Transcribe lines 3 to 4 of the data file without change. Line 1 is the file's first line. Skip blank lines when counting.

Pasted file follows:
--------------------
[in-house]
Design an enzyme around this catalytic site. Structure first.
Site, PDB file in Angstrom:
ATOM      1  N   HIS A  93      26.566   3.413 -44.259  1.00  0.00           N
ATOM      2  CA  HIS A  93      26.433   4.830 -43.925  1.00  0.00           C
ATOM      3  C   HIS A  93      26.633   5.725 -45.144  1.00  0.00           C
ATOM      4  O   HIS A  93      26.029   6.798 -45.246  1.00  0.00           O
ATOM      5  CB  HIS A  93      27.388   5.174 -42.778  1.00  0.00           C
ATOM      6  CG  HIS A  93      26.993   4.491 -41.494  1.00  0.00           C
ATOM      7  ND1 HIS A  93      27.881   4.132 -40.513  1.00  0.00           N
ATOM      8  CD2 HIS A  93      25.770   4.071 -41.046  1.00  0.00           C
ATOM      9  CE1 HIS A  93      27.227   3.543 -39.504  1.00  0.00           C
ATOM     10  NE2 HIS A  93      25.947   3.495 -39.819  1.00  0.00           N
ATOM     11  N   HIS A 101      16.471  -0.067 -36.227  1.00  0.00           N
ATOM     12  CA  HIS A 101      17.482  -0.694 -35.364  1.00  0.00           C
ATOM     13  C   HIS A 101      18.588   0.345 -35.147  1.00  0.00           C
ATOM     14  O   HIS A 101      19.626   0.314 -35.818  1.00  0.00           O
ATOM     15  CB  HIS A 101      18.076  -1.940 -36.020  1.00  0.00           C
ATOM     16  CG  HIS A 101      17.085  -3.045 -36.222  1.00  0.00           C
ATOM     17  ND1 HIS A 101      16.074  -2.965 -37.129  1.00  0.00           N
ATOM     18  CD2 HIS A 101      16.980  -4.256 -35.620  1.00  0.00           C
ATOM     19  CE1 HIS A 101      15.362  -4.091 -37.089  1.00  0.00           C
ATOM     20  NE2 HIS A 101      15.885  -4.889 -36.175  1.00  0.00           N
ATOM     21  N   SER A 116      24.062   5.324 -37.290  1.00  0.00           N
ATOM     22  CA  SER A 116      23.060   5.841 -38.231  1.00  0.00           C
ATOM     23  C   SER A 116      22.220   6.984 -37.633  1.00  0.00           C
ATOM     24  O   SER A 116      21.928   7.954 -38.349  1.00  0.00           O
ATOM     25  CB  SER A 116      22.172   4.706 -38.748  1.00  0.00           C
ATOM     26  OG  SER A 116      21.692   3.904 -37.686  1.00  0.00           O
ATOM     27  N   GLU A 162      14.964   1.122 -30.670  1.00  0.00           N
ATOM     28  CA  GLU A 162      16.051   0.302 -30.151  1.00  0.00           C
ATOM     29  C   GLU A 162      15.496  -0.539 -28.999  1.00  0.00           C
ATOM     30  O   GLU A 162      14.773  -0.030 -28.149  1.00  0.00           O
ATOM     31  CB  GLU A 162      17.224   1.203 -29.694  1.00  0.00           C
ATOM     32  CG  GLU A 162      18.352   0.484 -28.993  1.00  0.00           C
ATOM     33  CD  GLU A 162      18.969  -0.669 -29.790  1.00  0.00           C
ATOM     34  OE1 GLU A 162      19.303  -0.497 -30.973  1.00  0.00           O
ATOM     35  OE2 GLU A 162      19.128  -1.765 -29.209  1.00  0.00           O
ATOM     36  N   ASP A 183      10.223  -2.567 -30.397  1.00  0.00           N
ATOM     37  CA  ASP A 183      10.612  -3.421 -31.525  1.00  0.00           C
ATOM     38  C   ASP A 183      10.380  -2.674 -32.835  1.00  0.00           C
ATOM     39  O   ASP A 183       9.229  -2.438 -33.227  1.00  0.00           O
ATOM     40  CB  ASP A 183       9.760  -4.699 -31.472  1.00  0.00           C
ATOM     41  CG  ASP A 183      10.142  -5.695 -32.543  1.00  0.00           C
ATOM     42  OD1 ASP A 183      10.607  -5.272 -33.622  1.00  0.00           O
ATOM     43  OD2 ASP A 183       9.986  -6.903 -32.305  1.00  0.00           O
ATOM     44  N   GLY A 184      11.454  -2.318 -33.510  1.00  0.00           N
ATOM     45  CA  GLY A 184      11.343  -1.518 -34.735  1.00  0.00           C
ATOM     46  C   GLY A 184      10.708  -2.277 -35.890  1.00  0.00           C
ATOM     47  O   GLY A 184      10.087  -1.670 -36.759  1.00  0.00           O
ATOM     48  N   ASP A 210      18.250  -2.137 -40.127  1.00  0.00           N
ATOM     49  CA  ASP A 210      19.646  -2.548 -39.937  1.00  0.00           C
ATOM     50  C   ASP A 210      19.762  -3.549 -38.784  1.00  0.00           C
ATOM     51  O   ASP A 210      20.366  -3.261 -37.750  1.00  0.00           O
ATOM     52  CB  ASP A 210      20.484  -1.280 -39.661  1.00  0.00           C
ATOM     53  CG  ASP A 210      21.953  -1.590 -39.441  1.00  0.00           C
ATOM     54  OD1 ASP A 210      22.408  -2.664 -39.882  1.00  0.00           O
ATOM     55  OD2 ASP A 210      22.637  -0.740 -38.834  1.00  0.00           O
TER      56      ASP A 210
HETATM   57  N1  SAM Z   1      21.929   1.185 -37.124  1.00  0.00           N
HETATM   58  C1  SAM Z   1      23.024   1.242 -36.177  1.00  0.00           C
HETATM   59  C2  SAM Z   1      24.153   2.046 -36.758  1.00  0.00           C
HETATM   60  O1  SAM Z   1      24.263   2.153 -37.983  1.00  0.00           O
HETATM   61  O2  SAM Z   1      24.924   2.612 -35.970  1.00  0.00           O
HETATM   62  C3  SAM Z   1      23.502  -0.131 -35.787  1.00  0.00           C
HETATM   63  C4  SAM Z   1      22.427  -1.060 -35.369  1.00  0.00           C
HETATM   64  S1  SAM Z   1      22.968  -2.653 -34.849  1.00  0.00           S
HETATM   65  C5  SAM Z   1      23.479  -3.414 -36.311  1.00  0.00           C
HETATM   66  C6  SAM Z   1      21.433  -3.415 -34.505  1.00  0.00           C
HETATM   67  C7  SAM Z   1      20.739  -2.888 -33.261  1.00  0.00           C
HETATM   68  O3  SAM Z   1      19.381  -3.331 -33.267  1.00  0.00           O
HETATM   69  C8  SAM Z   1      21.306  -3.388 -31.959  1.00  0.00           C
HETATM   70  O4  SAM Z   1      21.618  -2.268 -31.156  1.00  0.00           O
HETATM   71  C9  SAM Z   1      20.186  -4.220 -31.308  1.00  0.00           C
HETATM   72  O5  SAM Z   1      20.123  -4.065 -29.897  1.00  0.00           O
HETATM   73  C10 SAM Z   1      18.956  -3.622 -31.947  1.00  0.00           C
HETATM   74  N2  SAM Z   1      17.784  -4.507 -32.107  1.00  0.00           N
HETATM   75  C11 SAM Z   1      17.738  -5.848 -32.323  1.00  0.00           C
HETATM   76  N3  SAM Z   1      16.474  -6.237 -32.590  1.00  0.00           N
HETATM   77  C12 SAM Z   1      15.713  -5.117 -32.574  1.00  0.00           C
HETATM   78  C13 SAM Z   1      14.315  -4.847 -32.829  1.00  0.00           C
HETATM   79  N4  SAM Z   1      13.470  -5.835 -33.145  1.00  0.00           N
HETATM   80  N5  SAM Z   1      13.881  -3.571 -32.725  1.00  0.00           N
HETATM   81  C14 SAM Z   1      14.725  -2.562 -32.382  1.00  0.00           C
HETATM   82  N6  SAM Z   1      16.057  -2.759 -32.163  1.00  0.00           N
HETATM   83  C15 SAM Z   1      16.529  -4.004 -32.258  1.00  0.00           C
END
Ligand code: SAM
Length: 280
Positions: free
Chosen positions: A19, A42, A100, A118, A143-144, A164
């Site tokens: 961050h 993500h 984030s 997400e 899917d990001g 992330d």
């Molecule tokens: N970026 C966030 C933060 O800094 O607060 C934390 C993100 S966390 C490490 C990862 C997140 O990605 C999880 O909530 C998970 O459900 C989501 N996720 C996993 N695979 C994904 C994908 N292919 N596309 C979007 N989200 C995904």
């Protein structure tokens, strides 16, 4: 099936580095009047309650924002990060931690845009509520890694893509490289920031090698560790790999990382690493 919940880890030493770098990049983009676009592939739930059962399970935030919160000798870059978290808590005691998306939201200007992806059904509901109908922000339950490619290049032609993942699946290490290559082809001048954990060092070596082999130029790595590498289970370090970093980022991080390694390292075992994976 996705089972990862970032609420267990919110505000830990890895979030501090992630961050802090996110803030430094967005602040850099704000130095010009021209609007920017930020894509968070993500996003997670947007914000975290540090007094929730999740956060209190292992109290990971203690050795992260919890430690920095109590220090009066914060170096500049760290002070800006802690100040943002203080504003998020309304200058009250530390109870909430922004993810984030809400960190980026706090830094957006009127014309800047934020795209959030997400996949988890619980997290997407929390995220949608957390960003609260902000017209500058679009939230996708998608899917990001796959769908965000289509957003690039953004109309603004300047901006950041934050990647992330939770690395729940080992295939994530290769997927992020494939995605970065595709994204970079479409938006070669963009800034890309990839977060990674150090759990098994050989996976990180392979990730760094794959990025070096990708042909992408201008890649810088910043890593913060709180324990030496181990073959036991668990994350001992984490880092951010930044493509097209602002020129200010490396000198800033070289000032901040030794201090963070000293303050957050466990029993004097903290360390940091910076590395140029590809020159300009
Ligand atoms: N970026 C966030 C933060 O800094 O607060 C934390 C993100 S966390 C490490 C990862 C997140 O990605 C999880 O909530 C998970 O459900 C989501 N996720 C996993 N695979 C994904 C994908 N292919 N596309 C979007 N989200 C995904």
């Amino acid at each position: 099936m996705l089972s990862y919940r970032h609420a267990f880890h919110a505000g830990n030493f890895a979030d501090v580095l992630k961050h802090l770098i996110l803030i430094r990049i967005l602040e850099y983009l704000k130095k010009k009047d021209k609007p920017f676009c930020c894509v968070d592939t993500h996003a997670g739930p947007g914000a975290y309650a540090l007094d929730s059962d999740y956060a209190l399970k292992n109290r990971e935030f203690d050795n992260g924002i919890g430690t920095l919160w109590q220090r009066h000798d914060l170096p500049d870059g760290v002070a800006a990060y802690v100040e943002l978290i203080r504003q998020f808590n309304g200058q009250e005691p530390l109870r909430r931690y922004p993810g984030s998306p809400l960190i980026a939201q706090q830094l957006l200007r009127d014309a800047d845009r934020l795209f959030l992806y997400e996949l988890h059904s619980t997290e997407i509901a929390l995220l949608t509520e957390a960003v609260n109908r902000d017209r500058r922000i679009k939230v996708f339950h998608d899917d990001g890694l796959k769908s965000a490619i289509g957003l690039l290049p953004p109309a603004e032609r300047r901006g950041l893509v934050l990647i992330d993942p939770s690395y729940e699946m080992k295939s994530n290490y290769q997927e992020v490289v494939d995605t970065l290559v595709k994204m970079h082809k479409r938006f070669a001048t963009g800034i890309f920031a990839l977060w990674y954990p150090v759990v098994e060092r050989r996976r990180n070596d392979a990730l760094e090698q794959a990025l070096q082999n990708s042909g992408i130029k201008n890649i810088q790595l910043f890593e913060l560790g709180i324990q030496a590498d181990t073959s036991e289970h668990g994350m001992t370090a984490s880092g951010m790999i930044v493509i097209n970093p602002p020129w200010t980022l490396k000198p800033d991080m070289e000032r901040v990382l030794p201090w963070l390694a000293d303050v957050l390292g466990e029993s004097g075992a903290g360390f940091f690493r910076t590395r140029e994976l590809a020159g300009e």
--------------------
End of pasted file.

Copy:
Site, PDB file in Angstrom:
ATOM      1  N   HIS A  93      26.566   3.413 -44.259  1.00  0.00           N